The group wrapped up its set with “Clarity” by Zedd. Excellent contrast between a slow bit of instrumentation on the opening before the group roared into a bigger, faster sound. Very good solo here. Really fun staging on the chorus with the group crouching in formation behind her. Pounding percussion on this one. Fun, loose vibe, with a touch of yearning on the solo. Dubstep remix on the finish which seemed a little thrown in, but was well-executed enough to work for me and, again, this is one of those times when a group throwing itself into the song one hundred percent made a huge difference.
Next up, The Bathtub Dogs.The all-male group took the stage in different shades of purple collared shirts, ties, and jeans. They kicked off the set with a highly choreographed take on “Suddenly I See” by KT Tunstall. Flood of movement on this one. The guys took this song in a very, very upbeat direction, with smiles plastered on every guy’s face. Killer percussion on this one. Really nice handling of the bridge with the soloist crouched and soft, and gradually bulding his sound. Lots of stop motion and pose staging. Fine opener.
The soloist started Sara Bareilles’s ”Gravity”standing at the opposite corner from the rest of the group, singing to them. Lovely harmony as two of the guys sang back. Really bold choice to take a song that’s so oft-covered, but always covered with a female lead and reimagine it in a man’s voice. Interesting addition of a bassline. Part of what was cool about the visual presentation from these guys was that it was so cohesive that you couldn’t separate any part of the group from the rest, even when they were standing still—they were all very plainly integrated with each other, moving and posing with a purpose. Excellent money moment on the end of the bridge with the soloist at the back of the stage, the rest of the group bent to him and turning into him as he marched to the front of the stage. Tremendous drama. Brilliant performance.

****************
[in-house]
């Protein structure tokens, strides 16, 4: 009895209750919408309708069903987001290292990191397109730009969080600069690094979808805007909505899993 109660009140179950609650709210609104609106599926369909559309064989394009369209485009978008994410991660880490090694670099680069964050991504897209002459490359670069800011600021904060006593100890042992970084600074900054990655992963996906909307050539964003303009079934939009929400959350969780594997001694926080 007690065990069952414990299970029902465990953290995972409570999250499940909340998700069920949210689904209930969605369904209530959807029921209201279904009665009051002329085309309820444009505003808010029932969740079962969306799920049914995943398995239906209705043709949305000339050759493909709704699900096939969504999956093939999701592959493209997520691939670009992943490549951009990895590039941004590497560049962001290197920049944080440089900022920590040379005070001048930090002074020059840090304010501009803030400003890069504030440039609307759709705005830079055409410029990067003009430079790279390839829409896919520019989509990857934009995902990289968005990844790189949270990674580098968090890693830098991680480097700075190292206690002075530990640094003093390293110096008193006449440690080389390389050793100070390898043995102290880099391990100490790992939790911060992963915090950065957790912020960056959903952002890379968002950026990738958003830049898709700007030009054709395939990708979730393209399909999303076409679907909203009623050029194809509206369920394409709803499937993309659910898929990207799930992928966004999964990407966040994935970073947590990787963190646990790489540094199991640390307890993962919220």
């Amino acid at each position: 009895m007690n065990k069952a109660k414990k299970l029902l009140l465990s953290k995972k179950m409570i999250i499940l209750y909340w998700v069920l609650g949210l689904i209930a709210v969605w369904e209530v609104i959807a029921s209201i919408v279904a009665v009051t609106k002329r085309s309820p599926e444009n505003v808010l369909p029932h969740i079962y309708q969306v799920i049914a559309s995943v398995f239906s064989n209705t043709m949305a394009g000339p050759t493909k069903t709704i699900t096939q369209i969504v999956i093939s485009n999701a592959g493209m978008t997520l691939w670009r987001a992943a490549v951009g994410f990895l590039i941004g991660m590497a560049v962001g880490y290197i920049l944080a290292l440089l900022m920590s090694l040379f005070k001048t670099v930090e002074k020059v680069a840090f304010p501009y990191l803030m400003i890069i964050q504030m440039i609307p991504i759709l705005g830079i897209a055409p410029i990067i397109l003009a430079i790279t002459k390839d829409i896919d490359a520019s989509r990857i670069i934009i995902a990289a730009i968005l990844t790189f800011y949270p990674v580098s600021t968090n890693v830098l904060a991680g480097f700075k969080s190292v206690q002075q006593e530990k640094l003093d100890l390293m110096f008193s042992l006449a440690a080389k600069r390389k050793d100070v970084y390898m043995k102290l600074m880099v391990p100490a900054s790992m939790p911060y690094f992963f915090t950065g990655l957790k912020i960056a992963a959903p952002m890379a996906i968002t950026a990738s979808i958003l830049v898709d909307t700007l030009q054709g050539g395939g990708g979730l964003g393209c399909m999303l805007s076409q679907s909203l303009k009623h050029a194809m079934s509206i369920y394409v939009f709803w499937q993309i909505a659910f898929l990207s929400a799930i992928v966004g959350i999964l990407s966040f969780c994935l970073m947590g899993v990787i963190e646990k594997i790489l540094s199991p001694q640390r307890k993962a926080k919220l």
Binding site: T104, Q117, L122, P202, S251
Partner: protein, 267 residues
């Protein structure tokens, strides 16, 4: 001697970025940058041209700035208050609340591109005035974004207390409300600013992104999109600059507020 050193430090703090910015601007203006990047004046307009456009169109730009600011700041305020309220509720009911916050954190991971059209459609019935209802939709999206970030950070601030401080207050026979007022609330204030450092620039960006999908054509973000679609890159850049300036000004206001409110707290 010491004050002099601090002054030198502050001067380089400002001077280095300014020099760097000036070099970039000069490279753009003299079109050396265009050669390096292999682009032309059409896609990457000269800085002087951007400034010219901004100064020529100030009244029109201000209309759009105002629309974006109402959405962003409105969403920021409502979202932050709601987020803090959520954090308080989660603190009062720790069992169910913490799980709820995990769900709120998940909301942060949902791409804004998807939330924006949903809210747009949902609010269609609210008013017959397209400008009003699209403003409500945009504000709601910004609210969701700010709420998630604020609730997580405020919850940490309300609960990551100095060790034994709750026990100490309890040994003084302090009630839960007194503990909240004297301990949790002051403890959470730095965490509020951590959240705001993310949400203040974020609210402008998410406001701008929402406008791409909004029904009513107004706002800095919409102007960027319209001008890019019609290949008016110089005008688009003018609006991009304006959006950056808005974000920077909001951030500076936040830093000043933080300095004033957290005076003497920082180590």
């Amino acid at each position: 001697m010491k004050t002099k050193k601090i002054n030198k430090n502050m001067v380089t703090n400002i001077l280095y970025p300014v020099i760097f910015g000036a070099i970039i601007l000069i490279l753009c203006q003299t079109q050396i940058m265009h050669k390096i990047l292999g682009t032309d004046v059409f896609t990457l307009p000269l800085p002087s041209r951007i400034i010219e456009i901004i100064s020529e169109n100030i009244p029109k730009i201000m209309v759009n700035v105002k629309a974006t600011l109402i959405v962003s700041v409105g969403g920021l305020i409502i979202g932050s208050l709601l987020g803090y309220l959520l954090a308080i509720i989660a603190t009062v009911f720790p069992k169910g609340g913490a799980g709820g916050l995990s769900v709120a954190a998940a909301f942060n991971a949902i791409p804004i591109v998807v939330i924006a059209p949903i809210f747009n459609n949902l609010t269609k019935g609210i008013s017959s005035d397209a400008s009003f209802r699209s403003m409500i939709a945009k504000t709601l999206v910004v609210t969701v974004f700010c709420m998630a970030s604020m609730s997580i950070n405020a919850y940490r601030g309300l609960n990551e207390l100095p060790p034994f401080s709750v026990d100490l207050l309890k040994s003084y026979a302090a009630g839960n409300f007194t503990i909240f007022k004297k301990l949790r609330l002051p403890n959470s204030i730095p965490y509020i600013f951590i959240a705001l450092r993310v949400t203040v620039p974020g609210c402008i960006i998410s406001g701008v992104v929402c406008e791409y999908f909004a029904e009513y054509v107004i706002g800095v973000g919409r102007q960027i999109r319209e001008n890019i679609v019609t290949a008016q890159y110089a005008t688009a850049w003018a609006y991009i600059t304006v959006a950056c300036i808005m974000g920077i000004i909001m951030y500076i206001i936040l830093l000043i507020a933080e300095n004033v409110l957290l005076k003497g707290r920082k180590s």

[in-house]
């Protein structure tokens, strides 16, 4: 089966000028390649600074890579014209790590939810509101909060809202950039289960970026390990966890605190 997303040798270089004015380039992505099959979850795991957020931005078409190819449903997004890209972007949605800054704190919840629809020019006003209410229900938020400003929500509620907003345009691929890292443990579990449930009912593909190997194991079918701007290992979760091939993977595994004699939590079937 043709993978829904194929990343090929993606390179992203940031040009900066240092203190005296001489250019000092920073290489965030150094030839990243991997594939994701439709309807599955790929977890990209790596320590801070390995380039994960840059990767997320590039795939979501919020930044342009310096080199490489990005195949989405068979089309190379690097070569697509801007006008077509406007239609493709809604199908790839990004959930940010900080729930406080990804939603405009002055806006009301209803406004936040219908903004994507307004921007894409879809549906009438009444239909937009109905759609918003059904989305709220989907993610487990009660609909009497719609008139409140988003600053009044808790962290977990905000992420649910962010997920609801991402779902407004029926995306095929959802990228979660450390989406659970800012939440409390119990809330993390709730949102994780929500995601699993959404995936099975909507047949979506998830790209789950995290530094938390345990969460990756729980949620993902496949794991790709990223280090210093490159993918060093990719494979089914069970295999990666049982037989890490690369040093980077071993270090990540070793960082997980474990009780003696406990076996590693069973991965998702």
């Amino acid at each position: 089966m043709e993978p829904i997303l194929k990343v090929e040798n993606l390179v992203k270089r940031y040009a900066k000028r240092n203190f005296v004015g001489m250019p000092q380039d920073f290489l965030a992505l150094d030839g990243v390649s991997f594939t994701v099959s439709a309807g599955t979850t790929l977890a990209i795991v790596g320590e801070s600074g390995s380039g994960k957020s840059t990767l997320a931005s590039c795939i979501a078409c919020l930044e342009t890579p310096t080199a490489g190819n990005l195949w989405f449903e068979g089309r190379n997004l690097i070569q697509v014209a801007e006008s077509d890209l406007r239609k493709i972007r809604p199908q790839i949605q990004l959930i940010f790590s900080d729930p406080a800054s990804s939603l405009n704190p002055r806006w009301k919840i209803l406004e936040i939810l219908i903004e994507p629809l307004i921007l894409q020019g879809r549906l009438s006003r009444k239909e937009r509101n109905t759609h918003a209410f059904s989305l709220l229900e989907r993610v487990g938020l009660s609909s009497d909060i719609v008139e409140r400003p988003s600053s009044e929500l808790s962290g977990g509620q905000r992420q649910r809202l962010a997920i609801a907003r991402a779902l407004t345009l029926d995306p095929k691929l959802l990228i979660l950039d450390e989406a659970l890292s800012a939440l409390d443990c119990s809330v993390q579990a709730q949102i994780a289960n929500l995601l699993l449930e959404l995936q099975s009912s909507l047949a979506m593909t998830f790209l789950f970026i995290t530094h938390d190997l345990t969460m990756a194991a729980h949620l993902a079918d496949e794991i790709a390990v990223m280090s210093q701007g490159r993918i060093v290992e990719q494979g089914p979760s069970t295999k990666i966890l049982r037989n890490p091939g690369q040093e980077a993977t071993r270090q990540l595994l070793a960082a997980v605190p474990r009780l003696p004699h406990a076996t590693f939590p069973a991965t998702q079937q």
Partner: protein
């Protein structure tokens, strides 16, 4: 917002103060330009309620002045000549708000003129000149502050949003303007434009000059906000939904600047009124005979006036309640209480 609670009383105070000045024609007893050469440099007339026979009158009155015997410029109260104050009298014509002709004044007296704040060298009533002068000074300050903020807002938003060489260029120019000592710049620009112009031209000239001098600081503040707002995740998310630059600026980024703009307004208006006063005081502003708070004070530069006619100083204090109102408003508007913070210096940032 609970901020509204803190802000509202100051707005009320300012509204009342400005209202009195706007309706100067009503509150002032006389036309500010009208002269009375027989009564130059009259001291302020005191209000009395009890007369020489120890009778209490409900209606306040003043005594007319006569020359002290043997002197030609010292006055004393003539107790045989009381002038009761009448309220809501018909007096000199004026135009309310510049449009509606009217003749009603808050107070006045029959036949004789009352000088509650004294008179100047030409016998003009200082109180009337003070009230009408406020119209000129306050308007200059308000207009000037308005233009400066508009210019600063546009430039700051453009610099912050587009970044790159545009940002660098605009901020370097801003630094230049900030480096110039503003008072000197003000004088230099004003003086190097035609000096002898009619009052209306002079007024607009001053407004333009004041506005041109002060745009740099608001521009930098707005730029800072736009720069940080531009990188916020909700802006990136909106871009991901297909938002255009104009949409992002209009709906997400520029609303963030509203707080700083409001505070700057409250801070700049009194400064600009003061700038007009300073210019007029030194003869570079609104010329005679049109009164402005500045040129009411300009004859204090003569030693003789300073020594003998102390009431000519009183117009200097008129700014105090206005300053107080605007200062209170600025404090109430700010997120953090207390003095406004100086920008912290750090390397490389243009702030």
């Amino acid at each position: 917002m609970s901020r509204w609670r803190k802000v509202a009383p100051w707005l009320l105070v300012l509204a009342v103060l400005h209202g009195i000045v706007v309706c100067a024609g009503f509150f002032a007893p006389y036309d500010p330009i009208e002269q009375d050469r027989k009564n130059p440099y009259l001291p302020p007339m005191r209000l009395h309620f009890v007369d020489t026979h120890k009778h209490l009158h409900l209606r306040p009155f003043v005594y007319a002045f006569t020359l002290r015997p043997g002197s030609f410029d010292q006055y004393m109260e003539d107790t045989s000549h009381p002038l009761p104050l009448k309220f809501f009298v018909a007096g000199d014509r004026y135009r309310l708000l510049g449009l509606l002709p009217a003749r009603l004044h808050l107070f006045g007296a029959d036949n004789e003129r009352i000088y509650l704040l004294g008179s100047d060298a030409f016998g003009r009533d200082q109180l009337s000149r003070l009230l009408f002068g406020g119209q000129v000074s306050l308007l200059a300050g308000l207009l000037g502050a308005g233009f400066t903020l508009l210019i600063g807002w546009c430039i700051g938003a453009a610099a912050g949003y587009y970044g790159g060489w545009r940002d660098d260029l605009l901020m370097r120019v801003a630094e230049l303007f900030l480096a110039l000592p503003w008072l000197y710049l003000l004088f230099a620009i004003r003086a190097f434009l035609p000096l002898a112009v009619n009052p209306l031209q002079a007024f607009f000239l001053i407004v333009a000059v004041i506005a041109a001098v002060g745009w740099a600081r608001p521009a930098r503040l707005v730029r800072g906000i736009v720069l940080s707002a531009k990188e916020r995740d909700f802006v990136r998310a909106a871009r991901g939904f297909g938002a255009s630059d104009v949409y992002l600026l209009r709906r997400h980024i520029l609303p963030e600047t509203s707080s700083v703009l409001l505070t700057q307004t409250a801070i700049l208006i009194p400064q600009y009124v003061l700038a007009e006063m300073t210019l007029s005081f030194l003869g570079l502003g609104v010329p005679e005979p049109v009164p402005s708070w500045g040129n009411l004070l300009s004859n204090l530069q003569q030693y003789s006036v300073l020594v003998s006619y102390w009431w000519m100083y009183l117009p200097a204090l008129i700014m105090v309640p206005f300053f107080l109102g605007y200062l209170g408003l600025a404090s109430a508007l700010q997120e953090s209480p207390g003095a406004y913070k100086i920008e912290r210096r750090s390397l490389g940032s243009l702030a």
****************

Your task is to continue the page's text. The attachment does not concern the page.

The guys closed with David Guetta, featuring Sia’s ”Titanium.” Excellent visuals again and excellent handling of the high harmonies, before the guys really popped the song wide open with their low end. So much energy on stage. Very good solo. This was just waiting for the dubstep and sure enough it arrived. Badass slap the stage body percussion as the guys were already crawling to the soloist and smacked their hands down. This was a leave everything on the stage performance and I really dug it. I loved the creative choice for this group to sing songs with female leads, sing them seriously, and make them their own.
Extreme Measures closed the competition portion of the evening. The co-ed group wore black and violet. Crystal clean opening chords on Delta Rae’s ”The Morning Comes.” Clap percussion behind the soloist en route to the first chorus. Excellent percussion and such lovely blend from this group. The piece had the feel of a spiritual in a sense, and I loved that the group picked such a narrative, impactful song for its opener, showcasing the group’s blend as well as the soloist’s slick vocals.